For the rest of the year, beagles are considered moderate shedders. You can find an average amount of dog hairs in your home if you have one of these lovely dogs. But of course, you should not let the hairs annoy you. Many things can help you ease out this shedding with proper grooming.

Are Beagles Hypoallergenic: Tips for Allergen Prevention

Even if the answer to the question ‘are beagles hypoallergenic’ is a no, you can still help decrease the allergens with proper grooming and good hygiene.

As said earlier, the main reason people have dog allergies is proteins. While you cannot get rid of this protein internally, you can help reduce its presence in the external environment.

Here are some allergen control methods you might want to consider to limit the allergic potential of beagles:

Bathe Your Beagle Regularly

Though some said that regular bathing of a beagle is not necessary unless they become stinky or dirty from rolling outside, regular bathing still helps remove the proteins attached to your dog’s coat.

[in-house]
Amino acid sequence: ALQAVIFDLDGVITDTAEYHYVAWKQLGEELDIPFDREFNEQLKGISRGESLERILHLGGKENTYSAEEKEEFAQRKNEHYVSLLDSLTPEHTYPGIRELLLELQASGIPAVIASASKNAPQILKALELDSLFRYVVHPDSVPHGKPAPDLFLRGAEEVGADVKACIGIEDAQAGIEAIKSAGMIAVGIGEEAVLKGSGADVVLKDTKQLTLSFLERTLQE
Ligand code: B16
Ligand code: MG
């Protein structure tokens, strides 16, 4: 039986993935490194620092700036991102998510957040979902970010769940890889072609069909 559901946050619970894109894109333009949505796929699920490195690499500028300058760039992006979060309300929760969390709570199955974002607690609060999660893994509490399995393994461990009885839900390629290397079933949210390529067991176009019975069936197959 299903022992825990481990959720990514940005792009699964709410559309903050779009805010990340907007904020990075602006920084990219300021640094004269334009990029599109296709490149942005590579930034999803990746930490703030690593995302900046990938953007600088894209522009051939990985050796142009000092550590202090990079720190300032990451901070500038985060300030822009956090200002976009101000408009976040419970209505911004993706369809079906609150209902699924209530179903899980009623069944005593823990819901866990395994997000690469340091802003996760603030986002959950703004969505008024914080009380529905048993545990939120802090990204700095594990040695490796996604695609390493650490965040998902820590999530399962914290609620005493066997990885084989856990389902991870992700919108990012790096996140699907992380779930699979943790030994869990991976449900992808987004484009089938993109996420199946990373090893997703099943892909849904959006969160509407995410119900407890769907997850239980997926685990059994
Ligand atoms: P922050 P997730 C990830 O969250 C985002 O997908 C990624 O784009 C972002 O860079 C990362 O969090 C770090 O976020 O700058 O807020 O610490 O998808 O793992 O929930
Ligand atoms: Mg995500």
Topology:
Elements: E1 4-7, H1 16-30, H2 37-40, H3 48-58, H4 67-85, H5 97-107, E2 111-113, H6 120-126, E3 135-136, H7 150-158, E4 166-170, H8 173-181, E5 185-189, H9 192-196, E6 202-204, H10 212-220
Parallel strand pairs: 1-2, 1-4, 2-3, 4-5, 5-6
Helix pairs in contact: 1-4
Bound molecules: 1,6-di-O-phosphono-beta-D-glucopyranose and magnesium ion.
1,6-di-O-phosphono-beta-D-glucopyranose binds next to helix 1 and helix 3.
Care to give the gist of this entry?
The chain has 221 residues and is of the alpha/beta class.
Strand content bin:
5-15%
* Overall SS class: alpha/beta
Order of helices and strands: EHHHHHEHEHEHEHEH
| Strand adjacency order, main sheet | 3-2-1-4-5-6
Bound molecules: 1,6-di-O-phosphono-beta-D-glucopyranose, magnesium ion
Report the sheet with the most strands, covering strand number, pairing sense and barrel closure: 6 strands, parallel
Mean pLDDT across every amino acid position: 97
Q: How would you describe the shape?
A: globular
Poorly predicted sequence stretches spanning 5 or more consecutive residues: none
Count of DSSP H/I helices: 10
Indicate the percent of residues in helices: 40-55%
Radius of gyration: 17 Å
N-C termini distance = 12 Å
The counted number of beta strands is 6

Keep in mind that too much bathing can dry out the skin. Some say that a bath every 2 to 6 months is sufficient enough for a beagle. But, if a dog allergy is your concern, doing it every 4 to 6 weeks may help. Puppies can get bathed after they are more than 10 weeks old. Just make sure that you are using a gentle and mild dog shampoo for both adults and pups so that it won’t cause too much dryness and won’t get rid of your dog’s natural oils.

Brushing Weekly

The American Kennel Club recommends brushing beagles using a medium-bristle brush weekly. You can also use a hound glove or a rubber grooming mitt. Brushing removes loose hairs that are often laden with proteins that cause allergic reactions to humans. Once you eliminate loose hairs, new hair growth is promoted as well.

When brushing, make sure that you do it outdoors and away from those who have dog allergies. This will also help limit the fur circulating in the house.

Install a Filter Device

Air purifiers and vent filters can help with airborne pet allergens. The best one is a high-efficiency particulate air (HEPA) filter purifier. This device will help filter the air and lessen the allergens inside the home.

Clean Dog Beds and Toys

beagle sleeping on sofa